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Tourette Syndrome and Social Security Disability Benefits

Tourette Syndrome is a tic disorder that is characterized by multiple motor and vocal
tics. How do you know if you have Tourette Syndrome? According to the Diagnostic and Statistical Manual of Mental Disorders, claimants with Tourette Syndrome will have the following symptoms:

• Tics occur multiple times per day, each day. The duration is for no less than one year and if the condition is intermittent it does not stop for more than 3 consecutive months.
• The onset of the condition is prior to 18 years of age.
• Motor and vocal tics are present at the same time, although they may not be concurrent.
• The condition causes impairments in occupation and social functioning.
• The condition is not caused by physiological effects of a stimulant or another type of medical condition.

If you have a mental health condition or a condition such as Tourette Syndrome, which may interfere with your ability to maintain employment, it may be a good idea to contact a disability lawyer.

Proving Disability with Tourette Syndrome

In general, the Social Security, when they evaluate mental health disorders, consider how your condition affects your ability in the following areas: (a) daily living, (b) social functioning, (c) concentration, and (d) decompensation.

• Daily Living

Activities of daily living include cooking, cleaning, and laundry. It includes getting dressed, brushing your teeth, going to the grocery store, and paying your rent on time. If you are unable to complete these tasks independently or if you need daily reminders to complete them, the SSA will consider you as having "marked restriction of activities of daily living."

• Social Functioning

Are you able to adequately function in a social setting? If you have difficulty interacting with others in a social environment, you isolate yourself, you are unable to speak in groups, or have consistent conflicts with others, you may have marked restrictions in social functioning. This type of restriction can be evidenced by evictions, multiple firings, fear of strangers, and social isolation. The SSA will recognize that severe restrictions in social functioning can limit your ability to work.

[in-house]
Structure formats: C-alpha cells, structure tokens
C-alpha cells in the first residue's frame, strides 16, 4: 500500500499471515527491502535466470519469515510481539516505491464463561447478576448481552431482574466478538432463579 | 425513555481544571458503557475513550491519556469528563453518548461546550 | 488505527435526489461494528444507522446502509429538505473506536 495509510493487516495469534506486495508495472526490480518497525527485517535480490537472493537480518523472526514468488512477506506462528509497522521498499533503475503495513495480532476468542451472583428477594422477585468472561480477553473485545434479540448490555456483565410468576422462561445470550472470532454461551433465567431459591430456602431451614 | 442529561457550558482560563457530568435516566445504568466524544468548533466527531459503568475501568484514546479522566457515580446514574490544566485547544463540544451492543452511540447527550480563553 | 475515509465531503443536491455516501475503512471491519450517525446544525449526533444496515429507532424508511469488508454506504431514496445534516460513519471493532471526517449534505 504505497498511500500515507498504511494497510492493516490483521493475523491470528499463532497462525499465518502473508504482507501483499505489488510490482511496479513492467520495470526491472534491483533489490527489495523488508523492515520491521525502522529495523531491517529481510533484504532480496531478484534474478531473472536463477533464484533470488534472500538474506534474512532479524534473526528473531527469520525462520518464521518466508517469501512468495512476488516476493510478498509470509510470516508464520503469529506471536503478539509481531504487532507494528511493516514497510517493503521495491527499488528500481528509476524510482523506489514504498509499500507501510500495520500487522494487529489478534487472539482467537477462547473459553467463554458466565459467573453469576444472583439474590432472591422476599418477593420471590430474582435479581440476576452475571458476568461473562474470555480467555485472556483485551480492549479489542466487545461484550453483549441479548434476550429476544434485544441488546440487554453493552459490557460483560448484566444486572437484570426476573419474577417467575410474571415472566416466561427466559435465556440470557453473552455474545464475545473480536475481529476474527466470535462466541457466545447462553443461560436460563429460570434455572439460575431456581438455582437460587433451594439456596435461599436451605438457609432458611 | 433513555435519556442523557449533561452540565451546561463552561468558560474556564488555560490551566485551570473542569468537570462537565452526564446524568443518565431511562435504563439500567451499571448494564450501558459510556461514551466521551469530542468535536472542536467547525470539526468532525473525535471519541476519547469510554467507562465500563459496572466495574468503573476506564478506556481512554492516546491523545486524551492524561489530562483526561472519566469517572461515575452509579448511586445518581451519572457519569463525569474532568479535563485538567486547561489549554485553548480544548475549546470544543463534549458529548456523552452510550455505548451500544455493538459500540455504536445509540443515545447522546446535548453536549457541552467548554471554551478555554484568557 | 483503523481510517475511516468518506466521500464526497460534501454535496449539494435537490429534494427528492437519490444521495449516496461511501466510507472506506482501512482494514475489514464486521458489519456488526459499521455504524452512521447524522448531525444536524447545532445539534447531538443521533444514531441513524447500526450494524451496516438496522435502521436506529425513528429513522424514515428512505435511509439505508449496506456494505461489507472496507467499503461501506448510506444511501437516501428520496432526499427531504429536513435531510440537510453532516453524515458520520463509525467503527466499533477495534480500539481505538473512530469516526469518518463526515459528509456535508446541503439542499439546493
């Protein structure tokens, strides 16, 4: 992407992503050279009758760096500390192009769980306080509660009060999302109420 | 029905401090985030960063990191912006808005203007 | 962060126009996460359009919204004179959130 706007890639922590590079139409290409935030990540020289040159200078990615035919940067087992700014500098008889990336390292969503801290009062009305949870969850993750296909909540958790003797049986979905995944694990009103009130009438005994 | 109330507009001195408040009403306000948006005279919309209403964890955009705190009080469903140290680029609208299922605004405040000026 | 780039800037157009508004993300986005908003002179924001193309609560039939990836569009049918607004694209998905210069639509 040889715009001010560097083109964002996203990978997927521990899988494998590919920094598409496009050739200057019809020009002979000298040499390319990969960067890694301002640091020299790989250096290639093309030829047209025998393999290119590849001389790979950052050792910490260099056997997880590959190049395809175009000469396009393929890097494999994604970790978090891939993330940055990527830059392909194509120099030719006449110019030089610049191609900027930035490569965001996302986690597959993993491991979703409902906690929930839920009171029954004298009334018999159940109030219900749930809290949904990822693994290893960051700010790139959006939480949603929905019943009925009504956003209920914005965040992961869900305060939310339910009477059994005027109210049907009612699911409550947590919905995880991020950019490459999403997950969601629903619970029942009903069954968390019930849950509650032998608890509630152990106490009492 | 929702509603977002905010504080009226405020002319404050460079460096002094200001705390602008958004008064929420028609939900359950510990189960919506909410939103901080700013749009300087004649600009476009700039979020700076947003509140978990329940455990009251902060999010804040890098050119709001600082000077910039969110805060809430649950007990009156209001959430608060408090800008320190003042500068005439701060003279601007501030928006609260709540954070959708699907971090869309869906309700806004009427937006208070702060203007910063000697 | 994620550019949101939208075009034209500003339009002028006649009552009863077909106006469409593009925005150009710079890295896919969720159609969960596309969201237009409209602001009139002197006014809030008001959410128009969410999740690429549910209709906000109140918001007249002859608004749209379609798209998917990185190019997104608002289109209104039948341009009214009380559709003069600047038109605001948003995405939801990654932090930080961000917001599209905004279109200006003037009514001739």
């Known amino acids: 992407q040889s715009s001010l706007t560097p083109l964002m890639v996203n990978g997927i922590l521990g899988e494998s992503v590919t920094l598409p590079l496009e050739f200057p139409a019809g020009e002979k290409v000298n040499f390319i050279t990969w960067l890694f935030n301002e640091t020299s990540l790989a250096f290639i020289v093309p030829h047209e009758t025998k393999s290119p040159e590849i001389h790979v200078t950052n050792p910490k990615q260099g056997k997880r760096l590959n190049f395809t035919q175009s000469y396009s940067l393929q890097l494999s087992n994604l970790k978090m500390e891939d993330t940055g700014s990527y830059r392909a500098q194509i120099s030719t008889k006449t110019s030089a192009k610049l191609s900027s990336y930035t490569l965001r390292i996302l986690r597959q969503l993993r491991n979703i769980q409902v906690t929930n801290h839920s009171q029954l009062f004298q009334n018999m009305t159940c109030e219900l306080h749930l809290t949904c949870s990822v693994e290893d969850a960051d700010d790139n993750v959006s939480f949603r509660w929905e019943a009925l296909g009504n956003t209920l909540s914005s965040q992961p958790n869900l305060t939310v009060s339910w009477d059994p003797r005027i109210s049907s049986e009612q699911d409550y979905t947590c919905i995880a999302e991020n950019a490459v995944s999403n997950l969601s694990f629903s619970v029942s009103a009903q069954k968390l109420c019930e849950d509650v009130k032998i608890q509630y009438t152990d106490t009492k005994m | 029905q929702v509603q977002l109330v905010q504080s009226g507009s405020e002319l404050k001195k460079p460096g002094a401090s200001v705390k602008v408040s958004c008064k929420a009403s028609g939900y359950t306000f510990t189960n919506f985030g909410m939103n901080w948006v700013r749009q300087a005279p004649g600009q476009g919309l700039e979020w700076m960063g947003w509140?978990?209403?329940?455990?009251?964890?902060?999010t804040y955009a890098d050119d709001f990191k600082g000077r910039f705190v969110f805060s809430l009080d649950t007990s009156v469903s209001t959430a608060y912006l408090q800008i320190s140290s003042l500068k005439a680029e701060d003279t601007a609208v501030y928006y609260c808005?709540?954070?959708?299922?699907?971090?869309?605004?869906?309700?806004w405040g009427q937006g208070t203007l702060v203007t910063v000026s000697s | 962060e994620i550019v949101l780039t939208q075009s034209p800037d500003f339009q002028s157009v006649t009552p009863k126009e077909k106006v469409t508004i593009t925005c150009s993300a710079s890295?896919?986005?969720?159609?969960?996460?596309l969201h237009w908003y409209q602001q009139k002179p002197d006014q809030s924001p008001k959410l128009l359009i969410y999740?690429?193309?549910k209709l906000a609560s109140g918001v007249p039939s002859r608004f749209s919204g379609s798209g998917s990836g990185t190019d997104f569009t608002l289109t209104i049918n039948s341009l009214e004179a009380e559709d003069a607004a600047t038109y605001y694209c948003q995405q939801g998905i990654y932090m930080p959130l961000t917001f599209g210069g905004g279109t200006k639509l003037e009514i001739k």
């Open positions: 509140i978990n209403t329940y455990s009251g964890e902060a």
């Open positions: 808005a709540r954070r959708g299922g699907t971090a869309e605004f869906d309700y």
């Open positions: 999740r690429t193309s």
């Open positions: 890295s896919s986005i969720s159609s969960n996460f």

• Concentration, persistence, or pace

All jobs require claimants to maintain schedules and complete tasks efficiently. The SSA will evaluate your ability to start and complete projects and your ability to maintain focus for a certain period of time.

• Episodes of deterioration or decompensation

Any exacerbation of your signs and symptoms is considered an "episode" and multiple episodes may interfere with your ability to work. Decompensation can be evidenced by increased need for medical intervention, medication or institutionalization and is a sure sign that you can’t function at work.
Generally, to win SSDI or SSI benefits you must prove your syndrome affects several areas of functioning. Ideally, your doctor would complete reports detailing how your condition affects your daily living, social functioning, concentration, and decompensation. It is important that the doctor includes specific examples in each of these areas.

Hiring a Social Security Disability Lawyer

If you would like a Social Security Disability attorney to review your claim you can fill out the FREE evaluation form and a disability advocate will call you to review your SSI or SSDI claim or you can call our office at 1-800-641-3759 to talk to someone now.